, The potentials applied to all the terminals such as 2 and 3 may be produced in the corresponding deflecting potential sources in any manner, and may vary in any way so long as they lie within the limits defined by the two po tentials generated by the multivibrator. In the case where the potentials applied to the terminals 2 are constant (or only vary Very slowly), the spot on the cathode ray tube will be at a fixed point or will move very slowly. In this case it may be desirable to join the spot to the centre of the screen by a straight line trace. This may be done by connecting a condenser 22 between the anodes of the diodes l and I9 and ground,

and a similar condenser (not shown) for each of the other plates of the oscillograph. The relatively slow charging of the. condenser 22 through the resistance 5 will cause the spot to describe a radial straight line, in the manner eX- plained in the specification of co-pending application No. 667,259, filed May 4, 1946, and issued April 4, 3.950 as Patent No. 2,502,428, the condenser 22 being discharged when the diode l9 conducts. It will be understood that the condenser 22 will often not be required.

In a slightly modified form of Fig. 1,'the diodes may all be reversed and the resistance 2| may be connected to the positive high tension terminal M instead of to ground. In this case it is the negative changes of the anode potentials of the valves 9 and In which perform the switching, instead of the positive changes. The arrangement has an advantage when the indication of the oscillograph i has to be transmitted over a line for repetition on a distant oscillograph by the use of cathode follower amplifying circuits in the manner described in the specification of co-pending application No. 667,260, filed May 4, 1946 and issued October 25, 1949 as Patent No. 2,485,568. The advantage is associated with the fact that the sudden potential changes caused by the short circuiting of the condenser 22 by the diode 59 are positive changes, which are preferable for the most efficient operation of the :athode follower amplifiers.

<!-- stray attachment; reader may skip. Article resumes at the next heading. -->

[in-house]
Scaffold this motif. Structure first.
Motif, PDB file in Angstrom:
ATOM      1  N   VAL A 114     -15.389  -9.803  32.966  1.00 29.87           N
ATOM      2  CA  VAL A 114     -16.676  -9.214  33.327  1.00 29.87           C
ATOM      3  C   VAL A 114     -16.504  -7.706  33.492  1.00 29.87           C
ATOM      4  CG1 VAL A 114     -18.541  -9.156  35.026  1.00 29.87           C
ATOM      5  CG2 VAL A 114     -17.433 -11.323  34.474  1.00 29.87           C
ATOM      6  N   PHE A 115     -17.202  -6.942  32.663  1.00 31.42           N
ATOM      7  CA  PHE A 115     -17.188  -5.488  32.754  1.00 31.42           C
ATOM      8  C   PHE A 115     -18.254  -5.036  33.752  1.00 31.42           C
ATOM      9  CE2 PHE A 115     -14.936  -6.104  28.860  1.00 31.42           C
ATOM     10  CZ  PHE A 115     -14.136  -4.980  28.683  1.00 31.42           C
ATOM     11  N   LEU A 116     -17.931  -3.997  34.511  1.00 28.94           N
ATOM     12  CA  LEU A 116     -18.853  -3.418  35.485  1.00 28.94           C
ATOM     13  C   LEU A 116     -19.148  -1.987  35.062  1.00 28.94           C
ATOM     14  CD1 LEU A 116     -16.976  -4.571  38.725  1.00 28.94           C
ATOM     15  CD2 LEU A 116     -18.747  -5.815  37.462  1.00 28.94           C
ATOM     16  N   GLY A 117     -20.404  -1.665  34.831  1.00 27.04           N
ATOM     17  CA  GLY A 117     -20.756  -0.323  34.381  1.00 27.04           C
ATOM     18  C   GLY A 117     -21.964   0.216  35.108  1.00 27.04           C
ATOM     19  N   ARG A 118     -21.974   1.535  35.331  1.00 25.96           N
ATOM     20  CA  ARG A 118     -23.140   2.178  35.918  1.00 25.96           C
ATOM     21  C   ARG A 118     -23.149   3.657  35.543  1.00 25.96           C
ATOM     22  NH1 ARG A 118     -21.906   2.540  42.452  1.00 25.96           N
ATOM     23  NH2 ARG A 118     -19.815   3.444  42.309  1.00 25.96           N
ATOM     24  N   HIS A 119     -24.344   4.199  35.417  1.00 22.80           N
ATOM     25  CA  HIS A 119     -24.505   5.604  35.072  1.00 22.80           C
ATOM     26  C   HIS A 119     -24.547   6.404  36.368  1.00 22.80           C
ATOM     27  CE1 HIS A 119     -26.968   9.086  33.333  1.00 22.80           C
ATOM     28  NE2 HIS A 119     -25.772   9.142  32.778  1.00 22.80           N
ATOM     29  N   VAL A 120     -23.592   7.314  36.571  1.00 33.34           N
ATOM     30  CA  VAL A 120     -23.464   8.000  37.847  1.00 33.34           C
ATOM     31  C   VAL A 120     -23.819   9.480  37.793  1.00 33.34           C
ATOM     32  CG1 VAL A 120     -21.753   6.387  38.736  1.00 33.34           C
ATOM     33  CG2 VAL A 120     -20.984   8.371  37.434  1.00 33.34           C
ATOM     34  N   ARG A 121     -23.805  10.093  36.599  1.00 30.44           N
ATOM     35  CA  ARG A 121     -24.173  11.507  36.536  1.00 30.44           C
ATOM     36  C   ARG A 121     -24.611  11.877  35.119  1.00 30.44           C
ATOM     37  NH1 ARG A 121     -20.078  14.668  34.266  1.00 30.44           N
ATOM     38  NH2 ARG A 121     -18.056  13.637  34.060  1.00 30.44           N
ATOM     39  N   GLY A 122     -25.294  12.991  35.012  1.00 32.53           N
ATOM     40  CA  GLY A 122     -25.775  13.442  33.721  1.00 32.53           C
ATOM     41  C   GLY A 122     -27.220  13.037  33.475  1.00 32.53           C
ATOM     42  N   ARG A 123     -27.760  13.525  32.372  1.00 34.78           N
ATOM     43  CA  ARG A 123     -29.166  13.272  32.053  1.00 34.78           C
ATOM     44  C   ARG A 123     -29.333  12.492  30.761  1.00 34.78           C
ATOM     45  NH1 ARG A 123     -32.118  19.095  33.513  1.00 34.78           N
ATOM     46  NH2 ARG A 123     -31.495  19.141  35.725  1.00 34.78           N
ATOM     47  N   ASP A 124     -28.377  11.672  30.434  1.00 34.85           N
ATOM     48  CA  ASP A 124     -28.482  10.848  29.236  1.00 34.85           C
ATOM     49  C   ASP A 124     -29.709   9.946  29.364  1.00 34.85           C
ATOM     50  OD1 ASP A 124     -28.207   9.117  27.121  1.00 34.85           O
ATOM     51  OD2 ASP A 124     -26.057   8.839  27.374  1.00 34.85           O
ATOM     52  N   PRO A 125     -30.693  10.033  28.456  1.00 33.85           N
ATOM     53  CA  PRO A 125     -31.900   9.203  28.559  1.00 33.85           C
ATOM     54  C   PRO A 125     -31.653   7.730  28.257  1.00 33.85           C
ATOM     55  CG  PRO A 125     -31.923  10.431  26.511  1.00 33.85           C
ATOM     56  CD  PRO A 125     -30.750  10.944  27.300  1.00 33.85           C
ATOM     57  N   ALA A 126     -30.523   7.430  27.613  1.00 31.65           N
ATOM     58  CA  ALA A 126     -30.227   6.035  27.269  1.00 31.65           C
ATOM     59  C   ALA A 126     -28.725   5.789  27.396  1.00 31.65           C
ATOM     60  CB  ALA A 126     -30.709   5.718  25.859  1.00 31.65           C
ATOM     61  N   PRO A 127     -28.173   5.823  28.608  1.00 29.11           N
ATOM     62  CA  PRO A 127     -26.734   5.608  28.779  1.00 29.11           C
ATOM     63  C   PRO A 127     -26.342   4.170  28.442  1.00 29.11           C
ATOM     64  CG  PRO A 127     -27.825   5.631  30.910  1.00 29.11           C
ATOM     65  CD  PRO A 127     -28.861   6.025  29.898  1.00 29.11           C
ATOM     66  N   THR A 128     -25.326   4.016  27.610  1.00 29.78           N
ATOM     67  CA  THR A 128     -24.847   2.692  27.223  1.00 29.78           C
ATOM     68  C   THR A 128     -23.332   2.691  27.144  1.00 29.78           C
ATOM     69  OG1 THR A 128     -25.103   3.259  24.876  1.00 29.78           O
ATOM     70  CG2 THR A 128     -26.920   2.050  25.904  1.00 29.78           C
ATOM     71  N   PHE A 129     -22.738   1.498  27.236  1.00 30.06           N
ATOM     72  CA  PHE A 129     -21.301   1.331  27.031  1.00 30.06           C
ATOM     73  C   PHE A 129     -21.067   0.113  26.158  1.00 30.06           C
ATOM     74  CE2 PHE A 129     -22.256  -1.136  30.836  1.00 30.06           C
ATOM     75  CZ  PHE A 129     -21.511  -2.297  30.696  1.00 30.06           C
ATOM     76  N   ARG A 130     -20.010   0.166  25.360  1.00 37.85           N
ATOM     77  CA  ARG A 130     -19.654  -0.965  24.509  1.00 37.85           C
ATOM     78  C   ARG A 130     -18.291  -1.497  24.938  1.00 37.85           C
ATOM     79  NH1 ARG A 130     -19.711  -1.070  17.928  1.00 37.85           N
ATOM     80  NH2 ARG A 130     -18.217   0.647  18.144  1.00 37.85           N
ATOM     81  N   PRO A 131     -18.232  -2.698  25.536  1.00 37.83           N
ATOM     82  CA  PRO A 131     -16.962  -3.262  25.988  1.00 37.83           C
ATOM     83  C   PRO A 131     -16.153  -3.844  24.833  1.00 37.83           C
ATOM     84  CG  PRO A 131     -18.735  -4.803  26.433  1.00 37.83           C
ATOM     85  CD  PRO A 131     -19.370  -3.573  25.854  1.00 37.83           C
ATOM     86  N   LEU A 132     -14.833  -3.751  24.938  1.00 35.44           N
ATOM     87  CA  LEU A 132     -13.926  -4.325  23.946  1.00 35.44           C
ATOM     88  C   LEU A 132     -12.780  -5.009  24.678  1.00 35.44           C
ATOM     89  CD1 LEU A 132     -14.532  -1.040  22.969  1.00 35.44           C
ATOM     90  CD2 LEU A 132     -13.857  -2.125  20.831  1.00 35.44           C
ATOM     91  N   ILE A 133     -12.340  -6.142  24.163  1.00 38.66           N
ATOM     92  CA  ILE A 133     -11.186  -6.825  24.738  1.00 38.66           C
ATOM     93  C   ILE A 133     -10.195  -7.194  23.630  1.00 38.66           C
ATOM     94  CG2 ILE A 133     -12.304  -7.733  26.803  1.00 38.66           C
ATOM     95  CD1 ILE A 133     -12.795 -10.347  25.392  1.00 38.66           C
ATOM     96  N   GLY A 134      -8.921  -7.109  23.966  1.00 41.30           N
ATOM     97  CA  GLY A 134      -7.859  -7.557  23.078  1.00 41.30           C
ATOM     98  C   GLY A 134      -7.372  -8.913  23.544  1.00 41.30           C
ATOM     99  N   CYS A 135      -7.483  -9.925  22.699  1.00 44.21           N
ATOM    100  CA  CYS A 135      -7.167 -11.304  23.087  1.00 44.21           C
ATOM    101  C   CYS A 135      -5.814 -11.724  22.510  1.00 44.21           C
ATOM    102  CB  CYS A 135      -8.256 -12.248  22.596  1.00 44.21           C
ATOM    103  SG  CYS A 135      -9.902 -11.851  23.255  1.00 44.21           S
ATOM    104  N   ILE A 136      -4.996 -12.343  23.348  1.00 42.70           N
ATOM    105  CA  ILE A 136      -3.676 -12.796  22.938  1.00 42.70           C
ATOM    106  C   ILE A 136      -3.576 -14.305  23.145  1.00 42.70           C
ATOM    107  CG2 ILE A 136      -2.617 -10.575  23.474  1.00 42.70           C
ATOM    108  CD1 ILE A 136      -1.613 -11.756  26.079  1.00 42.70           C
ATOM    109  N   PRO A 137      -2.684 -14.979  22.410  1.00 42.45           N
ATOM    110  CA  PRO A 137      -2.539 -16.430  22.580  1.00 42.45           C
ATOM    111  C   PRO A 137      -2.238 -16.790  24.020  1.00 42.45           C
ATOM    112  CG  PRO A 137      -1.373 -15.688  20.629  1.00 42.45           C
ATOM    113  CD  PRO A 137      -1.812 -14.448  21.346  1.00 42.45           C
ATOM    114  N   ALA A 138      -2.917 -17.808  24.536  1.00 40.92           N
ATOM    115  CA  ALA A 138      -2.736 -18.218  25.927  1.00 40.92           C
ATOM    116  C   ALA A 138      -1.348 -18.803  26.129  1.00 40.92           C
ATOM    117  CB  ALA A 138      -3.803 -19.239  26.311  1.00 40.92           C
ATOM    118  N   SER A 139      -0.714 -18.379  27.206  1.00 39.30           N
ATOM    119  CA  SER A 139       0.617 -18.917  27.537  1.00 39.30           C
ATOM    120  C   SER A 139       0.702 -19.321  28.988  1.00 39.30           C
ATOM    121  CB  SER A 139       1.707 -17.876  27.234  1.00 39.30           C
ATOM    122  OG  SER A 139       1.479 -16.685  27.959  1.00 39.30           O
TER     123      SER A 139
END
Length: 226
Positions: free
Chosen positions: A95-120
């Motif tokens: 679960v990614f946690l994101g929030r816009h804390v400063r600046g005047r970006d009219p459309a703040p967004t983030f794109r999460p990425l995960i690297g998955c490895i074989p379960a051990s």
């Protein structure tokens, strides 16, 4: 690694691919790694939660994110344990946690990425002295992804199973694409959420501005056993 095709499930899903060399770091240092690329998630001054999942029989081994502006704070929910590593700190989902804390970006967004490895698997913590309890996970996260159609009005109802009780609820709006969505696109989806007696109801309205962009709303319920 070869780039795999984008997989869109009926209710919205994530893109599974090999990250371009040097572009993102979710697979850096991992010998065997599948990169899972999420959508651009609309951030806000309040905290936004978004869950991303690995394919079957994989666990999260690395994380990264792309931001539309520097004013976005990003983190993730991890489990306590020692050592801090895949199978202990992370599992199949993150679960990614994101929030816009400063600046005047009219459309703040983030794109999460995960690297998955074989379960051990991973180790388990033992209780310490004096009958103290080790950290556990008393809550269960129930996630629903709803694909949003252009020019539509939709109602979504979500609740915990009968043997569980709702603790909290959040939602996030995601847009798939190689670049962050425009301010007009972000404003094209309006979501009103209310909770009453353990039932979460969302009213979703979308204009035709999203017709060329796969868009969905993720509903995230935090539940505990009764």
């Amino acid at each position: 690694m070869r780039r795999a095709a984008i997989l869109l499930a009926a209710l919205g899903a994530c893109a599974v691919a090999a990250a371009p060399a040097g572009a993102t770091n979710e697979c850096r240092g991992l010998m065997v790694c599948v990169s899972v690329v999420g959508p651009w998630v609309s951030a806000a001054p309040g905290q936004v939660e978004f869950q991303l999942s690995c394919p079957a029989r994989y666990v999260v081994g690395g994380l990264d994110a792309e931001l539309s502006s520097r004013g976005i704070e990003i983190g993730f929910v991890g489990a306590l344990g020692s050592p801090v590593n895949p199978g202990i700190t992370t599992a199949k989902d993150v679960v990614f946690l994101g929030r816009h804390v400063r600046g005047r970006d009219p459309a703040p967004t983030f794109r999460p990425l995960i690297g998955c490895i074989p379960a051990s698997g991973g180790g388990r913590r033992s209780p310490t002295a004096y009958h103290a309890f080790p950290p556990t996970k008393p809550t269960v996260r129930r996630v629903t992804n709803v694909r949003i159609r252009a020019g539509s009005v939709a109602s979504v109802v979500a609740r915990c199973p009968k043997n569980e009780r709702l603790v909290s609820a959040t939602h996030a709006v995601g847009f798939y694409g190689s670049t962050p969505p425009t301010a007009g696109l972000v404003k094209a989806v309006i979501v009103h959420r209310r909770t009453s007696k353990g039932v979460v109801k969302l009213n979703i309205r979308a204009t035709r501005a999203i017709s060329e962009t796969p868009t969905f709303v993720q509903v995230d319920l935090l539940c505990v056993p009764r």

It will be clear that, if desired, any other suit able type of one-way blocking devices capable of being unblocked by applied potentials may be used instead of the diodes I, 8, l9 and 29, such for example as dry plate rectifiers, or triodes or like devices with grid electrodes which may be controlled by the pulses from the multivibrator.